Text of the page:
The mountain of the Lord

HINTS AND TRACES - Fr. Roy Cimagala - The Freeman

We have to be familiar with this particular aspect of Christian life. There is such thing as the mountain of the Lord where we can expect some special moments with the Lord. A number of times this mountain is mentioned in the Bible, like in the Book of Isaiah. (cfr. Is 25)

“On this mountain, the Lord of hosts will prepare for all peoples a banquet of rich food, a banquet of fine wines, of food rich and juicy…On this mountain he will remove the mourning veil covering all people,…” he says.

Interestingly enough, it’s also on a mountain that Christ attracted a big crowd that included those with all kinds of illnesses looking for some cure from him. It was also there where he multiplied a handful of bread and fish to feed the people. (cfr. Mt 15,29-37)

A number of times, it is also mentioned that Christ would go to a mountain or to hill to pray and to have some intimate moments with the Father (cfr. Mk 6,46; Lk 6,12; etc.). It was also on a mountain that Christ had his transfiguration. (cfr. Lk 9,28-43)

We have to know the implications that these references to a mountain have in our Christian life. From what we can gather from these references, the mountain is a favorite place of Christ to pray, to have some special and intimate moments with the Father.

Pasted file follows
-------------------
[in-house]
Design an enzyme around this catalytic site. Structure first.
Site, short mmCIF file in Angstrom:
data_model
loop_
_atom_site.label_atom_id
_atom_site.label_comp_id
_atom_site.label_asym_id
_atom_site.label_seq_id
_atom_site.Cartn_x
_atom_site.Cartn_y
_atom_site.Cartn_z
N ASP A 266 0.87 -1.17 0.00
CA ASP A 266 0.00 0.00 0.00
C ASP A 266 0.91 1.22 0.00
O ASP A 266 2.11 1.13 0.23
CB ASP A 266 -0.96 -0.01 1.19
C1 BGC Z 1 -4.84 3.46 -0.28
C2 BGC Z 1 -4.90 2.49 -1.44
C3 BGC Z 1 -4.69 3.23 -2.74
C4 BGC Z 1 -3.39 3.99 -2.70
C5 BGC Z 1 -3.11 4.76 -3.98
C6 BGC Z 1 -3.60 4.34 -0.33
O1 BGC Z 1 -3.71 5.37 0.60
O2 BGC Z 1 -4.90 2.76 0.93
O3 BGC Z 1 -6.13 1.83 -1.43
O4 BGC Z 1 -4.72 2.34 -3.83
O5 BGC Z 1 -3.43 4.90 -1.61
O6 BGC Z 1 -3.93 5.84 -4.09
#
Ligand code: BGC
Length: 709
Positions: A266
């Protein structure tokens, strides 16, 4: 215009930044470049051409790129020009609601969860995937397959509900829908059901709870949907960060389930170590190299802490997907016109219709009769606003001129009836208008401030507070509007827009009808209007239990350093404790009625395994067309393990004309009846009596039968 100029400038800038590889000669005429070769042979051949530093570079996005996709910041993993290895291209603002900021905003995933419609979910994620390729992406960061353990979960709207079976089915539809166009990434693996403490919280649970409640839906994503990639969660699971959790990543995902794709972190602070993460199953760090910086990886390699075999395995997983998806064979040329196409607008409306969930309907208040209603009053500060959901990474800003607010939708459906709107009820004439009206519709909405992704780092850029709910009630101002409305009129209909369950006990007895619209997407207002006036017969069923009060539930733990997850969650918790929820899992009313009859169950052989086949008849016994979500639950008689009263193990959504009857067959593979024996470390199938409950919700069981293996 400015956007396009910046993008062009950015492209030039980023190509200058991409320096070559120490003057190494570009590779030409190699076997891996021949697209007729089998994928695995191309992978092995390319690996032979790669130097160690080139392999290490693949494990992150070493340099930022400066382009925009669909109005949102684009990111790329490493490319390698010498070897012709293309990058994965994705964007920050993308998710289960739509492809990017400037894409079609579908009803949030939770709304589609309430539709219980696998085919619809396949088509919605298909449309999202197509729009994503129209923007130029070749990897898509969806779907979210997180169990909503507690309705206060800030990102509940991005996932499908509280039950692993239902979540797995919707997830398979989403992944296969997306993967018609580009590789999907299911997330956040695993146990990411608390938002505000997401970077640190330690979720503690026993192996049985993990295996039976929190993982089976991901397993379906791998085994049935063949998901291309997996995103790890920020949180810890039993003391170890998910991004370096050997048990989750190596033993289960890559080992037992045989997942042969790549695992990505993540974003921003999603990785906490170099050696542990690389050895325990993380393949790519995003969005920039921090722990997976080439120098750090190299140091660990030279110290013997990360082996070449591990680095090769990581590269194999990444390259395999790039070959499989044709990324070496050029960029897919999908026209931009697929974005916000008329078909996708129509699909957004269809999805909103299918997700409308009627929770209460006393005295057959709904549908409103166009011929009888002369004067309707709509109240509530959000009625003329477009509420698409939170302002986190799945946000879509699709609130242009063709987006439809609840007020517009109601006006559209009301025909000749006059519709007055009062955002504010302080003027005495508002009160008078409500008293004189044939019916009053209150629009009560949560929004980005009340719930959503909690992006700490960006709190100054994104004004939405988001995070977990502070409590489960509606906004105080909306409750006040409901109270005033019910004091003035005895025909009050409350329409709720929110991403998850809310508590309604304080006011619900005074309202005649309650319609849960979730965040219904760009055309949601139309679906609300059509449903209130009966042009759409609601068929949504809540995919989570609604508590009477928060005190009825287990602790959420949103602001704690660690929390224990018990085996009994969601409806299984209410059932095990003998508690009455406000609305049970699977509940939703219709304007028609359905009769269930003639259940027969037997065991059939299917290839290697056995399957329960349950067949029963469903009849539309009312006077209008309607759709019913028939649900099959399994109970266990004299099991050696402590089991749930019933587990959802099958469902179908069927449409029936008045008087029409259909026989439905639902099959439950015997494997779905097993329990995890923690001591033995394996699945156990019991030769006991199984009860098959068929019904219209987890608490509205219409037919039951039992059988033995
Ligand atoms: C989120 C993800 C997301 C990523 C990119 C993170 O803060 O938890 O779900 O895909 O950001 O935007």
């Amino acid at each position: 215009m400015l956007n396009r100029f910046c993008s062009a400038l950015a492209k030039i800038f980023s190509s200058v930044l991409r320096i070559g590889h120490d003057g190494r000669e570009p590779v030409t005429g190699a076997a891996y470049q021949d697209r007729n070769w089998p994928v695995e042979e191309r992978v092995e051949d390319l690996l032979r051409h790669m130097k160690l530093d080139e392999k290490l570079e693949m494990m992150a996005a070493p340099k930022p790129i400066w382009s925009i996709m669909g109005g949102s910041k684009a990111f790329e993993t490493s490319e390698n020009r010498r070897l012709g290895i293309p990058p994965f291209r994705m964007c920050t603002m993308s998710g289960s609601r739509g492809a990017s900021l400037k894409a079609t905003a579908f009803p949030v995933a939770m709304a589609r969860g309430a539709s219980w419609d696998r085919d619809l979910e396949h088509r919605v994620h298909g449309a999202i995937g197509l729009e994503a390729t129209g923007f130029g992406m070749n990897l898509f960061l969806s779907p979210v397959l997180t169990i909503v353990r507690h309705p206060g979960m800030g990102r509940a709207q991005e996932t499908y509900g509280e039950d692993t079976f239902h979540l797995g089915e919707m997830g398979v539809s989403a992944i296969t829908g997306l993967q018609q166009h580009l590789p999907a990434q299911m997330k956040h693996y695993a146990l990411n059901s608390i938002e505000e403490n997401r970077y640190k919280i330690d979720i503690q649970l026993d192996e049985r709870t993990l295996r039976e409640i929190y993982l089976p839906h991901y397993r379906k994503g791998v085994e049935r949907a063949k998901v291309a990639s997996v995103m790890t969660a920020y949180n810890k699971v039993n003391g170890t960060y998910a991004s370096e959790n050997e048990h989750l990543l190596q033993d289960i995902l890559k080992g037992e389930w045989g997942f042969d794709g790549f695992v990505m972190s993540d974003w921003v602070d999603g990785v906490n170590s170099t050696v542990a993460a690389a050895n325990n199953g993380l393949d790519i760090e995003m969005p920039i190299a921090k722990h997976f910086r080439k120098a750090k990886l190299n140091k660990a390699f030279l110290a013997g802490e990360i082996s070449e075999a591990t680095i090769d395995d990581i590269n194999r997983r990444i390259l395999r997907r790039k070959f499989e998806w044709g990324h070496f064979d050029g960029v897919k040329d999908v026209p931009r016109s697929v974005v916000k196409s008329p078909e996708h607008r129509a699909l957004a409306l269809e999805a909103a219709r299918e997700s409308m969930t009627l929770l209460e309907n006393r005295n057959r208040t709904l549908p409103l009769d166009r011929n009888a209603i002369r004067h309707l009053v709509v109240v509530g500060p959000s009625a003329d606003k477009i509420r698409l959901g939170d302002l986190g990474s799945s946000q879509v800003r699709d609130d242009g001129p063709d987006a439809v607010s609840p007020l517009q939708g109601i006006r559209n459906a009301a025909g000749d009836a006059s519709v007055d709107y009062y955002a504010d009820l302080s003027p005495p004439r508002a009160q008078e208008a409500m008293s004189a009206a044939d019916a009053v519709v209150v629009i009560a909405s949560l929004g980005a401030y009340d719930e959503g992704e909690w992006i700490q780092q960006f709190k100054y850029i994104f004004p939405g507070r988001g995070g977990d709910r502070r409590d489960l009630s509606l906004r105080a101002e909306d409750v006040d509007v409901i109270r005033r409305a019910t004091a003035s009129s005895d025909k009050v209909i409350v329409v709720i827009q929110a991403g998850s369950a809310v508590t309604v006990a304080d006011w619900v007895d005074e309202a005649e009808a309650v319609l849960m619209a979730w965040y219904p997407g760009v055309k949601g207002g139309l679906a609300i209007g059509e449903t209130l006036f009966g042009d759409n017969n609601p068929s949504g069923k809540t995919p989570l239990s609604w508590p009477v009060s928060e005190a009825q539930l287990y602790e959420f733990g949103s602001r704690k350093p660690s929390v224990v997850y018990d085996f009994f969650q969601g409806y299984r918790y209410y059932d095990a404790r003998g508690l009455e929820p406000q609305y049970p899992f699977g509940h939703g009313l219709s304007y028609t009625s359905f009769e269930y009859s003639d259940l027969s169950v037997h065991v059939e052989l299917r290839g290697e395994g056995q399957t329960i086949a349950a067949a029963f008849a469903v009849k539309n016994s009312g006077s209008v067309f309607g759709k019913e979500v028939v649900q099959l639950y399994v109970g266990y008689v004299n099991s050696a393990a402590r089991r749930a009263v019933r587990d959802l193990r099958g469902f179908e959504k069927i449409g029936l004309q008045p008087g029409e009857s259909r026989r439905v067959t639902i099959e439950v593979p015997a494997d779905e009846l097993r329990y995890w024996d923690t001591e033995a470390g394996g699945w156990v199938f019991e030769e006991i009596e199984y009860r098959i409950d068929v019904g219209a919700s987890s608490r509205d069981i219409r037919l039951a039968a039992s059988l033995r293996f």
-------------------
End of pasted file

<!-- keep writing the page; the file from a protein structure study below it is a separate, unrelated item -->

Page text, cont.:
It is also a place where we can expect to find joy and healing of whatever illnesses we can have, physical, moral, spiritual. It’s like a home to which Christ would go to rest and pray, and to be with us as well. No wonder a psalm expresses the desire we should have for this house of God. “In the Lord’s own house shall I dwell forever and ever.” (Ps 23,6)

We should keep that desire burning as we go through our daily affairs. We should try to see to it that at the end of each day, we have that sensation of wanting to go to our home with God which will involve a certain mountain.

Thus, we can understand the mountain of the Lord, which is his house and our home with him, as a state of mind, heart and spirit that would involve a certain detachment from our usual daily and temporal affairs.

We have to learn to leave behind our temporal concerns just to be with the one who is the most important person in our life and the fulfillment of our real dignity. This spirit of detachment was articulated by Christ himself when he said, “If anyone desires to come after Me, let him deny himself, and take up his cross, and follow Me.” (Mt 16,24)

This leaving behind our temporal affairs was also taught to us in those parables about the kingdom of heaven compared to a treasure hidden in a field and to a pearl of great value, for which everything else was sold to buy that field and that pearl. (cfr. Mt 13,44-26)

Somehow, we are told that we should go to that mountain of the Lord at the end of each day. It should be a mountain where we truly should find our Lord, our joy, and have that feeling that we are at our definitive home. We need to develop the relevant practices that will actualize this aspect of our Christian life.

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